As part of its collaboration with external agencies such as the Bill & Melinda Gates Foundation Global Health Initiative and the U.S. Department of Defense Advanced Research Projects Agency, subunit vaccines for avian influenza (H5N1) and pandemic influenza (H1N1) have been created and advanced into human safety and immunogenicity clinical studies. These vaccines consist of the viral hemagglutinin (HA) antigen, which is known to produce a protective immune response in humans.

A vaccine for malaria has been elusive, since the malaria parasite changes body forms during its life cycle and is kept hidden from the human immune system for much of its life.

The iBio-manufactured vaccine candidate is novel in that it is directed against a malaria parasite antigen. This is commonly displayed on the parasite forms present in the gut of transmitting mosquitos. Individuals immunized against this mosquito-borne form of the parasite share anti-malaria antibodies with the mosquito when the insect takes a blood meal, and these antibodies block the maturation of the parasites in the insect gut, ending the transmission cycle from mosquito to man and back to mosquito. This vaccine candidate, which has shown great promise in laboratory studies of malaria transmission, was developed in a partnership with the Bill & Melinda Gates Foundation Global Health initiative.

Hookworms are parasitic nematodes that cause anemia and child development complications and retardation in infected individuals, most commonly in tropical and subtropical environments. iBio Technology is being used to produce a vaccine antigen to an enzyme found in the gut of the hookworm. Antibodies to this gut enzyme block its action, which normally acts to break down hemoglobin in the blood as a source of iron for the hookworm. When this gut enzyme is blocked, the hookworm dies, allowing infected patients to resume a healthier life. The antigenic form of this hookworm gut enzyme has proven to be impossible to manufacture efficiently using bacterial, yeast, or animal cell expression systems. However, commercially useful amounts of the antigen can be manufactured using the iBio Technology plant expression technology, and development of a vaccine in partnership with the Sabin Vaccine Research Institute is proceeding towards human safety and efficacy studies.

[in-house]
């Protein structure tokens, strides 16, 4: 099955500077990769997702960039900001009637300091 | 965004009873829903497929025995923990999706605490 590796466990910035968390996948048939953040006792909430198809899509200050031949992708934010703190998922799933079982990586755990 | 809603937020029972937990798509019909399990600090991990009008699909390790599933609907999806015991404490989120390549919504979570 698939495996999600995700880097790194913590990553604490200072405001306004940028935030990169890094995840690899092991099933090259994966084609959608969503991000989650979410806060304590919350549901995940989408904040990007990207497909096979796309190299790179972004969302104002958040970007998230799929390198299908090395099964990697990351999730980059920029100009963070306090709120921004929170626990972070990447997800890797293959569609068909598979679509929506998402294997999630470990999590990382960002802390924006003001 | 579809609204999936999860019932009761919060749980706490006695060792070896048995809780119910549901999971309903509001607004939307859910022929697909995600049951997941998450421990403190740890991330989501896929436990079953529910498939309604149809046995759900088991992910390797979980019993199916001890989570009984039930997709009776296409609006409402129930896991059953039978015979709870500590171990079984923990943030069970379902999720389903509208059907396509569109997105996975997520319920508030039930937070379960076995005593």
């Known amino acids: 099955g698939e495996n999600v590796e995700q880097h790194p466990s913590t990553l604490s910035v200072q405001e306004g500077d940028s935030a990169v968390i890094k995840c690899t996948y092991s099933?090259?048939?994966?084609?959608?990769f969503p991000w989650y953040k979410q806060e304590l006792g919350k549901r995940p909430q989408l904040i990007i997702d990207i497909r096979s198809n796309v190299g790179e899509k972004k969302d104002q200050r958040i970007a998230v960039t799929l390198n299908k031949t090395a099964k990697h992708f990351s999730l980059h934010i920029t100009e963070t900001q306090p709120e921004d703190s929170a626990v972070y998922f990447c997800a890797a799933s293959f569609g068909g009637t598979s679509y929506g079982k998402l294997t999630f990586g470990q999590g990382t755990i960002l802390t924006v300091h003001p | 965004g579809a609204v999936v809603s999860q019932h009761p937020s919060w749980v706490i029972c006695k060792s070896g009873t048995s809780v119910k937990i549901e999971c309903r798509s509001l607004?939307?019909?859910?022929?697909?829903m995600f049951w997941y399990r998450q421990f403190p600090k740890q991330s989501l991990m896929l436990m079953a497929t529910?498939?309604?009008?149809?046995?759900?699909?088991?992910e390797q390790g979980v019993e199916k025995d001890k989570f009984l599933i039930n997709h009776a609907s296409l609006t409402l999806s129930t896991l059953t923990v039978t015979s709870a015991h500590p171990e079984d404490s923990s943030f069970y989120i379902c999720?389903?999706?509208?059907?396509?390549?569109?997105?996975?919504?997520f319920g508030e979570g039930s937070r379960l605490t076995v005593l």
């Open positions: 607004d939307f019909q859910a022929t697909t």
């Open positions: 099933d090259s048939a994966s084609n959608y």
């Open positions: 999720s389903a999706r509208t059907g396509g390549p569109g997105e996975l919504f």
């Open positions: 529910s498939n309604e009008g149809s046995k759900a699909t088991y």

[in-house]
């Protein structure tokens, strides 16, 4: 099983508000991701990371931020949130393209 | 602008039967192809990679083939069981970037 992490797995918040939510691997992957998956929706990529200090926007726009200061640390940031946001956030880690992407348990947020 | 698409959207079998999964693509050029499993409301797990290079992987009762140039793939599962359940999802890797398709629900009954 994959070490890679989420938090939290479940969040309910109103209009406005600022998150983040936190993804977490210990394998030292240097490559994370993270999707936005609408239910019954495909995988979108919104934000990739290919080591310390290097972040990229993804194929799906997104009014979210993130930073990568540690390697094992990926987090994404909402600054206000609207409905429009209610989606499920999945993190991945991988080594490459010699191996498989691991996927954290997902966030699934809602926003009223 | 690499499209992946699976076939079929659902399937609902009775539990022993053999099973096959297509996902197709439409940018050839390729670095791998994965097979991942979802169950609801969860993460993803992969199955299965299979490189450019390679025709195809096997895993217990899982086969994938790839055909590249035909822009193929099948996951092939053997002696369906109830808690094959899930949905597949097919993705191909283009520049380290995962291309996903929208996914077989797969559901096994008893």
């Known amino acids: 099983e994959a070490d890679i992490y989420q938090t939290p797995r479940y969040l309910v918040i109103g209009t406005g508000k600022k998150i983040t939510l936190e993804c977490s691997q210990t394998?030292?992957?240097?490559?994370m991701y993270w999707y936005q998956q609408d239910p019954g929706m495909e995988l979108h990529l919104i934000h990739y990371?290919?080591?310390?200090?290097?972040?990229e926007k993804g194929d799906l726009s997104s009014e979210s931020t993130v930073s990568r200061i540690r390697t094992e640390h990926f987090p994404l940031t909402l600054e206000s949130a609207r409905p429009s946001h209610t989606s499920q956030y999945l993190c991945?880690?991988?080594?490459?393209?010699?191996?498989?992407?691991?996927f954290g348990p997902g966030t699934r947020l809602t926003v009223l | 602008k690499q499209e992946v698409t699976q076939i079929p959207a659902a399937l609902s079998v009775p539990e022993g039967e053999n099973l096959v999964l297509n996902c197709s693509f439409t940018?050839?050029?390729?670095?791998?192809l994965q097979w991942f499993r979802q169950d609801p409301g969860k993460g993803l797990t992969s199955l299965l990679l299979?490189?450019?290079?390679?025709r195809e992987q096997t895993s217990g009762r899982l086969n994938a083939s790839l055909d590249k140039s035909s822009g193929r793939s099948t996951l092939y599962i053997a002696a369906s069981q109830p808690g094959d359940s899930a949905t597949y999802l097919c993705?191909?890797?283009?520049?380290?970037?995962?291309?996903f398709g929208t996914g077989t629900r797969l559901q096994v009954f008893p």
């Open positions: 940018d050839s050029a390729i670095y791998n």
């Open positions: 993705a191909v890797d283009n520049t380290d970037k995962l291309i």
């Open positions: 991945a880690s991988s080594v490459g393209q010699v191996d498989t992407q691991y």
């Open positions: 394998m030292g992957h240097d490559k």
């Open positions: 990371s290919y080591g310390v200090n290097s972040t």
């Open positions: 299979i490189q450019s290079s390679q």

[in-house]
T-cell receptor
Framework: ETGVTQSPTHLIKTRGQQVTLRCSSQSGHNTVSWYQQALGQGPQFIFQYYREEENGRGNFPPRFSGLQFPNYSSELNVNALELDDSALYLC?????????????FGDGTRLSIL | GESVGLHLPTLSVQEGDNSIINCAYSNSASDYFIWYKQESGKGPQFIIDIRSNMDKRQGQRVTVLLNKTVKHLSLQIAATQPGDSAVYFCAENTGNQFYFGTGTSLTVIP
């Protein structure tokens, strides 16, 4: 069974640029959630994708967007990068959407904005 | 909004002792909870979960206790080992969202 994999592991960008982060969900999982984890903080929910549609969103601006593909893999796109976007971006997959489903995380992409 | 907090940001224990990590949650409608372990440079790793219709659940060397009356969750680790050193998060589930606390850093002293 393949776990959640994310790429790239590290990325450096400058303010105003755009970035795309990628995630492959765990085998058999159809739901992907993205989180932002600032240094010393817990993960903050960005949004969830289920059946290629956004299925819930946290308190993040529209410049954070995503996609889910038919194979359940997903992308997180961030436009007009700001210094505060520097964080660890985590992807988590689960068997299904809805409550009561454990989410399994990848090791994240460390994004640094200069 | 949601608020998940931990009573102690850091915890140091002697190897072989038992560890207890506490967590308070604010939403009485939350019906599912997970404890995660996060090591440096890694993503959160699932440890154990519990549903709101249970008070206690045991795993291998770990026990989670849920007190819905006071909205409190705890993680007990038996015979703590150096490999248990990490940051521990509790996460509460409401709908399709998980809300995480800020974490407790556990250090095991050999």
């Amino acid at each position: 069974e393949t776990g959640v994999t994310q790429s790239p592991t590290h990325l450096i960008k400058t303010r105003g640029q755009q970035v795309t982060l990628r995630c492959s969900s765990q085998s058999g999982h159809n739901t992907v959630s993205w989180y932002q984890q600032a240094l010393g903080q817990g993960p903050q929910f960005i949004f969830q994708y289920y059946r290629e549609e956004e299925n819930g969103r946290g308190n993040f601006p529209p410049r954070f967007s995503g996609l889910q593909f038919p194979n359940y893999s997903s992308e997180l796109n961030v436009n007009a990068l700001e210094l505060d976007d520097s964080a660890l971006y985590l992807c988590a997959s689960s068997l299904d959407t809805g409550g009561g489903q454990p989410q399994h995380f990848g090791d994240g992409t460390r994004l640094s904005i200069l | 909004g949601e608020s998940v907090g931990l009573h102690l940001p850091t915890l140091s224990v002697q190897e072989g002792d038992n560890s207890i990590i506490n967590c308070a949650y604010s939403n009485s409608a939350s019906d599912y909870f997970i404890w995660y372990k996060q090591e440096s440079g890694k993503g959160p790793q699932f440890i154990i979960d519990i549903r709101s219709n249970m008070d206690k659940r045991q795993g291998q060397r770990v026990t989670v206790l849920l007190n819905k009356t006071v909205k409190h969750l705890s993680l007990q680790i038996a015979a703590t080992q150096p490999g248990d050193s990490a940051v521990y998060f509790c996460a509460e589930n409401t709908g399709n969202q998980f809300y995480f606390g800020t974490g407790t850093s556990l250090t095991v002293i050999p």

Human papilloma virus (HPV) has been shown to cause a number of human cancers, chiefly cervical cancer, but also increasingly anogenital and oral cancers. There are multiple oncogenic serotypes of HPV and extensive efforts have been made to produce effective vaccines to prevent HPV infection. However, the iBio Technology has been used to produce an experimental vaccine to one serotype of HPV (HPV-16) which causes the regression and loss of established HPV tumors in an animal model. Such a vaccine in humans has the potential to treat patients with established HPV-related cancers, for which current therapeutic options involve surgical resection followed by chemotherapy and/or radiation treatment.

The iBio Technology has been used to produce vaccines against plague (Yersinia pestis) and anthrax (Bacillus anthracis). The plague vaccine consists of two bacterial antigens (F1 and LcrV) and has been demonstrated in primates to provide complete protection against inhaled plague challenges when administered with an adjuvant.

A vaccine candidate to prevent anthrax infection has been manufactured and comprises a portion of the pathogen’s Protective Antigen and Lethal Factor proteins. Mice immunized with this dual-antigen vaccine made antibodies to anthrax which were successful in neutralizing bacterial infectivity in laboratory tests.